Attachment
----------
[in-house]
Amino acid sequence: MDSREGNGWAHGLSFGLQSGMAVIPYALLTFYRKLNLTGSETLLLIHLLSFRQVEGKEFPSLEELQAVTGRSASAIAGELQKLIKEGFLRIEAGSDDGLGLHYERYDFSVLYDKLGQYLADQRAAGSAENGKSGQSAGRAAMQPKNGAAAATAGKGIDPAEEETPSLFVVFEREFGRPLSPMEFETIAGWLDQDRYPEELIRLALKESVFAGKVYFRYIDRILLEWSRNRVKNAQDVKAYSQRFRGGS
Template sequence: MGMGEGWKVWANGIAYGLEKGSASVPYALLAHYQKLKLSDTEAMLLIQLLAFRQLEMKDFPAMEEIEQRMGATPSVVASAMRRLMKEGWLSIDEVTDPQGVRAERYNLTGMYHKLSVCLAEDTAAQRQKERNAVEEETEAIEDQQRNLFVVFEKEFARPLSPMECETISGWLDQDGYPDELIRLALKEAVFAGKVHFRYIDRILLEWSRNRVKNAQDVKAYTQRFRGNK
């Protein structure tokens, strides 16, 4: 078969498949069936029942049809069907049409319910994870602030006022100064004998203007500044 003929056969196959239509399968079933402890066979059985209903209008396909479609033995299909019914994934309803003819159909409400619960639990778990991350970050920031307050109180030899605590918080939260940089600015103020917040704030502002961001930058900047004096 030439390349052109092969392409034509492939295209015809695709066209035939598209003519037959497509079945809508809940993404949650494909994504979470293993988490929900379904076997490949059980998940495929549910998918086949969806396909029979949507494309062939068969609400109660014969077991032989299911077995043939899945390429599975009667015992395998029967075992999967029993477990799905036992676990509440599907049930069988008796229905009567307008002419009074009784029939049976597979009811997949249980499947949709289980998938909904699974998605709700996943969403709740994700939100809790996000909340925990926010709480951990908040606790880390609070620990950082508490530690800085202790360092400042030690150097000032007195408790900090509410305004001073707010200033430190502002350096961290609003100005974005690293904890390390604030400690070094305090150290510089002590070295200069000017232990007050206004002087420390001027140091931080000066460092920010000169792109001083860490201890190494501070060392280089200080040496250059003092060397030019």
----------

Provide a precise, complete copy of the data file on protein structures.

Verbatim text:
[in-house]
Amino acid sequence: MDSREGNGWAHGLSFGLQSGMAVIPYALLTFYRKLNLTGSETLLLIHLLSFRQVEGKEFPSLEELQAVTGRSASAIAGELQKLIKEGFLRIEAGSDDGLGLHYERYDFSVLYDKLGQYLADQRAAGSAENGKSGQSAGRAAMQPKNGAAAATAGKGIDPAEEETPSLFVVFEREFGRPLSPMEFETIAGWLDQDRYPEELIRLALKESVFAGKVYFRYIDRILLEWSRNRVKNAQDVKAYSQRFRGGS
Template sequence: MGMGEGWKVWANGIAYGLEKGSASVPYALLAHYQKLKLSDTEAMLLIQLLAFRQLEMKDFPAMEEIEQRMGATPSVVASAMRRLMKEGWLSIDEVTDPQGVRAERYNLTGMYHKLSVCLAEDTAAQRQKERNAVEEETEAIEDQQRNLFVVFEKEFARPLSPMECETISGWLDQDGYPDELIRLALKEAVFAGKVHFRYIDRILLEWSRNRVKNAQDVKAYTQRFRGNK
């Protein structure tokens, strides 16, 4: 078969498949069936029942049809069907049409319910994870602030006022100064004998203007500044 003929056969196959239509399968079933402890066979059985209903209008396909479609033995299909019914994934309803003819159909409400619960639990778990991350970050920031307050109180030899605590918080939260940089600015103020917040704030502002961001930058900047004096 030439390349052109092969392409034509492939295209015809695709066209035939598209003519037959497509079945809508809940993404949650494909994504979470293993988490929900379904076997490949059980998940495929549910998918086949969806396909029979949507494309062939068969609400109660014969077991032989299911077995043939899945390429599975009667015992395998029967075992999967029993477990799905036992676990509440599907049930069988008796229905009567307008002419009074009784029939049976597979009811997949249980499947949709289980998938909904699974998605709700996943969403709740994700939100809790996000909340925990926010709480951990908040606790880390609070620990950082508490530690800085202790360092400042030690150097000032007195408790900090509410305004001073707010200033430190502002350096961290609003100005974005690293904890390390604030400690070094305090150290510089002590070295200069000017232990007050206004002087420390001027140091931080000066460092920010000169792109001083860490201890190494501070060392280089200080040496250059003092060397030019």